An International Student in Exeter

Being an international student from the United States, everyone assumes I had no problems transitioning to my new lifestyle here in Exeter, but that’s not true! Even though we speak the same language, there are still some differences that I’ve been getting used to. I had a great first impression when I arrived and realized how friendly and accommodating people are. I was walking down the train station stairs and people offered to help carry my bags, which I politely refused saying it’s okay I can get them. Whenever I appear to be lost, a kind stranger on the street always offers to help me or make a suggestion of where I need to go. It always makes me smile at how overly polite people are here, especially at the stores – there are a lot of thank yous! But the expressions always make my day, such as ‘Hiya!’ and ‘ok my lover’ – by far my favorite so far! I need to switch my brain to British English, or ‘the correct English’, as I’m told! It’s not a planner, it’s a diary, and they’re called wellies, not rain boots, you wear a jumper, not a sweater. Oh and by the way, it’s not french fries, it’s chips! I still keep forgetting that one.

 

 

So yes, I may have had it easier than some international students. However, I have been living in China for the past five years, so I would say that I had reverse culture shock when I arrived. I lived in a city of five million people, which for Chinese standards is considered a small city. Even at the London Paddington train station, it appeared to be crowded, yet not as crowded as I’m used to – especially during holiday travel! Imagine arriving at St. David’s with maybe 8 people if that, walking down the stairs with you, where usually I’m with hundreds of my closest friends walking out of the train station.

 

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It was also weird seeing English signs again and very odd to speak English while asking for directions! Although a few weeks ago I did forget I wasn’t in China and found myself using body language at the store when I was looking for eye glass cleaner – but hey, I made someone laugh which is always a good thing! So see, I’m also still adjusting to my new life just like everyone else.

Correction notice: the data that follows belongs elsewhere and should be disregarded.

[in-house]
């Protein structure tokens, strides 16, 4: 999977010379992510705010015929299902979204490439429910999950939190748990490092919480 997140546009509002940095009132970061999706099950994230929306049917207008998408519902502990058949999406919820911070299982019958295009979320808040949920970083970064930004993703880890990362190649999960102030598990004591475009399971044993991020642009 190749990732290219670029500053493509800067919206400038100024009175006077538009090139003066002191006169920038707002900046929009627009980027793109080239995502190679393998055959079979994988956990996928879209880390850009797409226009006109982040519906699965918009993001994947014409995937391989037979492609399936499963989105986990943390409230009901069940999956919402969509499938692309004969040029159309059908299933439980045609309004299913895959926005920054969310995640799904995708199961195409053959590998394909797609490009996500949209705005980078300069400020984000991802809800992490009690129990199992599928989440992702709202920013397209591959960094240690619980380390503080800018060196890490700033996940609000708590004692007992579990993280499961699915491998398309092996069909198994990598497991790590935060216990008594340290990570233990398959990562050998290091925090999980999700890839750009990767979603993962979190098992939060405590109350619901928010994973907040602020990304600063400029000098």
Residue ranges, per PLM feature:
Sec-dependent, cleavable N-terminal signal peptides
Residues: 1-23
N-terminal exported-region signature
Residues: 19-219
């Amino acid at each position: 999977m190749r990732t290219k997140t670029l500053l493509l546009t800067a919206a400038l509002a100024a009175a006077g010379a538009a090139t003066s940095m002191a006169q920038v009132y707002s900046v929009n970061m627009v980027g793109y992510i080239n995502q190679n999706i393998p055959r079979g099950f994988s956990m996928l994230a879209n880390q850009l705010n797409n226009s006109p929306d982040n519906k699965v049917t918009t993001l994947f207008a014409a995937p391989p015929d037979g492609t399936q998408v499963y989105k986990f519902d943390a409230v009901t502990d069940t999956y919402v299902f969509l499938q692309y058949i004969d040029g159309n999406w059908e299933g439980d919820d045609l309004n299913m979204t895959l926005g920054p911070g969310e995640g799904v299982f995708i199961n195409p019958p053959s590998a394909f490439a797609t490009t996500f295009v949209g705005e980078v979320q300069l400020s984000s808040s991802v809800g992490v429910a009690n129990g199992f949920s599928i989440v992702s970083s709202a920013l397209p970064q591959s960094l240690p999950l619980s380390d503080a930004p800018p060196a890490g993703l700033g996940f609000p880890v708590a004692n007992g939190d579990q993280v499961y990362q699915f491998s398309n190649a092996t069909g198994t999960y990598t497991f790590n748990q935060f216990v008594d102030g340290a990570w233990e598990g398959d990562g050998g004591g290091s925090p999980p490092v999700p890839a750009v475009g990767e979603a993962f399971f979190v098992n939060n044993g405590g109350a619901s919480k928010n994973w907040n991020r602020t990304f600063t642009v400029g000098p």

The food is completely different as well. I’m used to spicy Chinese food, such as hot pot, dry pot, dumplings and mapo tofu, but luckily there are some markets here where I can find some spices. But I do love how much British people love their sweets, and I have to say I have managed to have a cream tea or two. I also tell myself that flapjacks are healthier than cookies – hey, whatever gets me through the day. Luckily Exeter is very hilly, so I get exercise all the time!

 

 

So far, I really like the city, the people and my course. I always enjoy exploring, whether it’s going to a food festival, walking along the Quay or taking the Jurassic Coast tour in Exmouth. So if you’re new in town, why not explore more and see how many great things there are to do in Exeter and the surrounding area. Join a society, meet new people, discover the city with the free Red Coat guided tours, walk around Nothernhay Gardens, take advantage of the free museum on Queen Street, check out Gandy Street – the inspiration for Harry Potter’s Diagon Alley – or simply enjoy some sunshine while relaxing on the grass in front of the cathedral. After a day of exploring, why not try a minced pie, fish and chips or even a Sunday roast. It’s time to get out of your comfort zone and make the most out of your first year and find out just how great this city is!

 

Erin Coyle

 

 

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